Happy Veterans Day, Dad!

flag-mini-American My father is a veteran of World War II. I’m glad he made it through the war, met my mom, got married, and had ten kids (of which I’m the tenth, so ... ) And I’m glad he’s still alive and kicking!
PFC Stuart A
While I was growing up, I was vaguely aware that dad had been in that war, but never knew
how he'd been in it because he didn’t really talk about it. Then, when my son did a grade school report about his grandfather, I started learning heretofore unknown facts about my dad -- for instance, he was in the Junior ROTC during high school, and he appears in uniform in his senior year picture (someday I'll have a scan of that); in addition to playing the guitar with a military ensemble over in France (or Germany?), he played the mellophone; although I don’t think he participated in direct combat, he did the scary work of clearing anti-tank mines; and when the war ended he performed occupation service in Germany (or possibly France). Dad has interesting stories of his time in Europe during the War, and he remembers some of those times with a good deal of warmth. If he experienced anything grim, a la Saving Private Ryan, he is not dwelling on it publicly. I greatly enjoy hearing him reminisce, and hope to document some of his memories in the near future.

Although
Veterans Day was originally meant to honor those who served in World War I, it now honors soldiers from all wars, including Dear Old Dad. President Woodrow Wilson first proclaimed an Armistice Day for November 11, 1919 -- one year after the armistice was signed between the allied nations and Germany, effectively ending “the war to end all wars.” (The war formally ended when the Treaty of Versailles was signed on June 28, 1919.) In 1938, November 11 became a legal holiday -- "a day to be dedicated to the cause of world peace and to be thereafter celebrated and known as 'Armistice Day'." Then in 1953, a shoe store owner in Emporia (isn’t that a great name for a town!), Kansas named Al King started a campaign to turn Armistice Day into "All" Veterans Day. A year later President Dwight Eisenhower signed it into law, “Armistice” was replaced with “Veterans,” and it’s been Veterans Day ever since, with some controversy over whether and where to put an apostrophe. (Formally, there is no apostrophe.)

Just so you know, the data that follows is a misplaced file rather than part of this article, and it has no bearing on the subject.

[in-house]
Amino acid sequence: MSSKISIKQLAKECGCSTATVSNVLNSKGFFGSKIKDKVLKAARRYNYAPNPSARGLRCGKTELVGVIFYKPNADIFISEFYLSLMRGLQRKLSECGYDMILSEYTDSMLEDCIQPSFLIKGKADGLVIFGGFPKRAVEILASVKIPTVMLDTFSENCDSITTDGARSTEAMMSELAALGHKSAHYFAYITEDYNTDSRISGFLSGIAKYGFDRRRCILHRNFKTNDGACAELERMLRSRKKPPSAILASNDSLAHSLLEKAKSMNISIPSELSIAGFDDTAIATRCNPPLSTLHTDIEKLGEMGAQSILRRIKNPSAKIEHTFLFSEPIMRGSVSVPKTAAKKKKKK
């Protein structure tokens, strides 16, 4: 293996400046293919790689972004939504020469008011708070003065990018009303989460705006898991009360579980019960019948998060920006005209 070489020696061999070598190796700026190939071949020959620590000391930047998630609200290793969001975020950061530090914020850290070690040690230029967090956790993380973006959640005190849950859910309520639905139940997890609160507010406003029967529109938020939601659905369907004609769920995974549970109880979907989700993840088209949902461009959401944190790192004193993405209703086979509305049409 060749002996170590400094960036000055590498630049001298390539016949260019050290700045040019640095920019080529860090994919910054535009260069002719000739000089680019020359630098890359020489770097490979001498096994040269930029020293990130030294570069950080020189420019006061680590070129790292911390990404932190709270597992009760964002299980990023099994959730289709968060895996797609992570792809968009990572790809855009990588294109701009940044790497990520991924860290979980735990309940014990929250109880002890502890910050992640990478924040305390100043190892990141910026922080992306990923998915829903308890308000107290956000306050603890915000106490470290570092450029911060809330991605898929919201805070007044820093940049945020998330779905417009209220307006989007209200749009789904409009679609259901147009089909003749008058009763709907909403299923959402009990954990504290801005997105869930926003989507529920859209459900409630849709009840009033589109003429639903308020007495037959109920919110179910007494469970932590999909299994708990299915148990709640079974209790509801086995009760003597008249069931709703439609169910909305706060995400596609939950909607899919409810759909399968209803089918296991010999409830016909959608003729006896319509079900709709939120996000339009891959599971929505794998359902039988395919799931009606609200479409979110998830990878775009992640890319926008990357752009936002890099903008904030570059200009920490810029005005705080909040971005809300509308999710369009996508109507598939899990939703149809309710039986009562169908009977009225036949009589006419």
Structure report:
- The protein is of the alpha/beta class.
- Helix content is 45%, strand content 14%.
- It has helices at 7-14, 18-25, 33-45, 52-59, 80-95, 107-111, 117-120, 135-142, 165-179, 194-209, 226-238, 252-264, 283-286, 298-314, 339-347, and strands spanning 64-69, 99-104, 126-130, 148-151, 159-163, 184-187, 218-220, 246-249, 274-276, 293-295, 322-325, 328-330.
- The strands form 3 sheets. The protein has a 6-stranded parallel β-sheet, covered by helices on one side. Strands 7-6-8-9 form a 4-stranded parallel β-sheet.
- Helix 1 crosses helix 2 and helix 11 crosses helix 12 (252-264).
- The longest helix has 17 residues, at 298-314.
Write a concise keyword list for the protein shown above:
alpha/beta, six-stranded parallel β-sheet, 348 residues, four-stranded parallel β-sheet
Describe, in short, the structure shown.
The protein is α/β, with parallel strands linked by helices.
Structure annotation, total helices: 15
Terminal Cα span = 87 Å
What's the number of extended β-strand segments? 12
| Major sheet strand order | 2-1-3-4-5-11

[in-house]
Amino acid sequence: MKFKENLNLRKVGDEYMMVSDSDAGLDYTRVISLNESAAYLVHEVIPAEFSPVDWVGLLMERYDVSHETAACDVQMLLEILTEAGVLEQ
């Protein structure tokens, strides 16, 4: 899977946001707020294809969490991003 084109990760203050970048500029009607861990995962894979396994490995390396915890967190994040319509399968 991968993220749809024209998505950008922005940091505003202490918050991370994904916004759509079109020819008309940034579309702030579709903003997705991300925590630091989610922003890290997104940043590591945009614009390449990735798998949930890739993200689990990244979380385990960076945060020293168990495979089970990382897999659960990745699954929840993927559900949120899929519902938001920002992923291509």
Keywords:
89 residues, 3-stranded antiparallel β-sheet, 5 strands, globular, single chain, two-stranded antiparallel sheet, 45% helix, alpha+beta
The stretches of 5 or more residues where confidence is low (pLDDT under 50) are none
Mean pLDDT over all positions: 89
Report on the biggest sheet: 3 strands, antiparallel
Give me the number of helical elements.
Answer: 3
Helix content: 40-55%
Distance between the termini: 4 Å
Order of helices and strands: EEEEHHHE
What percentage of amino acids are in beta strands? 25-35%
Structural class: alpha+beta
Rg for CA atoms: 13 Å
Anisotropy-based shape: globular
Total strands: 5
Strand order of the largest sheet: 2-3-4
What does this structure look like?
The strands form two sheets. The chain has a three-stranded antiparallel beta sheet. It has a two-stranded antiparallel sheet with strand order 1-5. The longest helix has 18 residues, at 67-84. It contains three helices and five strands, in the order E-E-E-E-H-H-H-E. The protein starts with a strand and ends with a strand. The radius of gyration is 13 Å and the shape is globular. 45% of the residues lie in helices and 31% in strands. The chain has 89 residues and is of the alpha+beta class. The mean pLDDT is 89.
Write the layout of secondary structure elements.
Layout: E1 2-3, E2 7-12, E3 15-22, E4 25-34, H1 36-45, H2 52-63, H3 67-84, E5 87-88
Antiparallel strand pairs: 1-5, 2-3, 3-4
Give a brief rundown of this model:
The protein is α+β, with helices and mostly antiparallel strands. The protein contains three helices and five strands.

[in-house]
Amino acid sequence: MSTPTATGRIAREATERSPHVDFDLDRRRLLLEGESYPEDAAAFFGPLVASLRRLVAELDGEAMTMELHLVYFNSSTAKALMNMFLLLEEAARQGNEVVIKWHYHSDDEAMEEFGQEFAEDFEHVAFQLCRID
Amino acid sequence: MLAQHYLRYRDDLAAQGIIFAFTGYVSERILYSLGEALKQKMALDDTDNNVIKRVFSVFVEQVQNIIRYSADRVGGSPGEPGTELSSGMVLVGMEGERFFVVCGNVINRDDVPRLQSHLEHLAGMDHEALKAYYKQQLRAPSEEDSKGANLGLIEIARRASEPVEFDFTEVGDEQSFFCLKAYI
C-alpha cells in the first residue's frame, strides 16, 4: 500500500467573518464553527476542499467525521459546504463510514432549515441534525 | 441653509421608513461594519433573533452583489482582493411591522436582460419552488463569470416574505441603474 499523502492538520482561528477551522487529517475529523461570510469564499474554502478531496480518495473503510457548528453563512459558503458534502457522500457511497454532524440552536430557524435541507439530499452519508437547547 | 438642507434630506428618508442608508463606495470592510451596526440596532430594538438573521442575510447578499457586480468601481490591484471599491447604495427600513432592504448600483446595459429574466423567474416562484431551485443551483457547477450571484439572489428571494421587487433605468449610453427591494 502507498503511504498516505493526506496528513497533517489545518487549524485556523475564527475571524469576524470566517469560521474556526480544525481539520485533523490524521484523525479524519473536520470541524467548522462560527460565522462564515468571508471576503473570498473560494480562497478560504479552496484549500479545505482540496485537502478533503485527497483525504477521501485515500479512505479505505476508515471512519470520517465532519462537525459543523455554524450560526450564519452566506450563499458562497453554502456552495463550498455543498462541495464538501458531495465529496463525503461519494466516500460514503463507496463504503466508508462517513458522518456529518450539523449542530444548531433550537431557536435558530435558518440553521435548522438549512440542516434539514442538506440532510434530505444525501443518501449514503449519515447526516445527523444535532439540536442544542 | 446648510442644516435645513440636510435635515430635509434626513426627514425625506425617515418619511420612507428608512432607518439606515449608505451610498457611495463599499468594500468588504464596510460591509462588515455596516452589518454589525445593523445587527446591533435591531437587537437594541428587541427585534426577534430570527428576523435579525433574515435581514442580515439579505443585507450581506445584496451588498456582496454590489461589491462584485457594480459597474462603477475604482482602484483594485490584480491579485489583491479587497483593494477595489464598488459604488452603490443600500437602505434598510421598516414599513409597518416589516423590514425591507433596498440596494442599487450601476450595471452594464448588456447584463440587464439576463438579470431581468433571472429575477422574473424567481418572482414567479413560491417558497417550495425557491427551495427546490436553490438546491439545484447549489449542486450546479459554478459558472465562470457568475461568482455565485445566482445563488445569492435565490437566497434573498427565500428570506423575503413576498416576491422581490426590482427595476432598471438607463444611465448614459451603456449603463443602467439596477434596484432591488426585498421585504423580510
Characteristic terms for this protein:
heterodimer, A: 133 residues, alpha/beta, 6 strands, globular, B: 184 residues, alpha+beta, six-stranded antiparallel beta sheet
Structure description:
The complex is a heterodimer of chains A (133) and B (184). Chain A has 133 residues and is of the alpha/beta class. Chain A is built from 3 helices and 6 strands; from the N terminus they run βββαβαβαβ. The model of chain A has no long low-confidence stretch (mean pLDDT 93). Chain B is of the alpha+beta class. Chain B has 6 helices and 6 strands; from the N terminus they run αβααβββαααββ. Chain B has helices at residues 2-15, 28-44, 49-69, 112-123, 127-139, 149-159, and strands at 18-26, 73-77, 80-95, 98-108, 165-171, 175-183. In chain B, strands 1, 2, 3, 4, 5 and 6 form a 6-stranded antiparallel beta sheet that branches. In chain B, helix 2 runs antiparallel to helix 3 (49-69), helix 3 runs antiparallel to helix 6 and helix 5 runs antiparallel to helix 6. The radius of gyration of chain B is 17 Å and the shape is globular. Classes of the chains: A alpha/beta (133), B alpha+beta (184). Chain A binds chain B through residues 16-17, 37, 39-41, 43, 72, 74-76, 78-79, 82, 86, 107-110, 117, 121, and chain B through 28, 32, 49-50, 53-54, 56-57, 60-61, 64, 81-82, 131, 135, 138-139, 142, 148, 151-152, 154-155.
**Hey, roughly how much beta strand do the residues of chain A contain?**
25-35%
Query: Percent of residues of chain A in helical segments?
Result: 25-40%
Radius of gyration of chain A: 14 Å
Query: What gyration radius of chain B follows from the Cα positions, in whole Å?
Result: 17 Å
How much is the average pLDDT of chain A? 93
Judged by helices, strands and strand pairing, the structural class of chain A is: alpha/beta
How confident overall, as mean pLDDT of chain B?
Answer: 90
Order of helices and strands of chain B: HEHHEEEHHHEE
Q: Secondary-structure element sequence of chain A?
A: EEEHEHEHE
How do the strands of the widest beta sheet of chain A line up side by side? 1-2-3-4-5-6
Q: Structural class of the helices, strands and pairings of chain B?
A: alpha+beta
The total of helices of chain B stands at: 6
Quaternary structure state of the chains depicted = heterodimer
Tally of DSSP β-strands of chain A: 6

Starting in 1971, according to the
Department of Veterans Affairs, Veterans Day was scheduled on the fourth Monday in October, in keeping with President Lyndon Johnson's “Uniform Holiday Bill." The bill promoted 3-day holiday weekends for government workers, and enabled them to travel and "and see more of this beautiful land of ours." The change caused confusion and was short-lived -- Veterans Day was changed back to November 11 in 1978 and has been celebrated on this date -- as it is in many countries, where it is known variously as Remembrance Day, Poppy Day, Armistice Day, and Veterans Day -- ever since.

I'm sure dad has a flag flying in front of his house 300 miles from my own, as it always hung in front of our childhood home on similarly patriotic holidays. I've prompted him to look for his Army of Occupation medal and dig out that high school ROTC photo. Perhaps he's doing some reminiscing about his service overseas during World War II on this day. However he is spending it, I'm grateful he lived through it and can pass the remembrances on to his many children. Dad, I salute you on this Veterans Day for your good service to the country!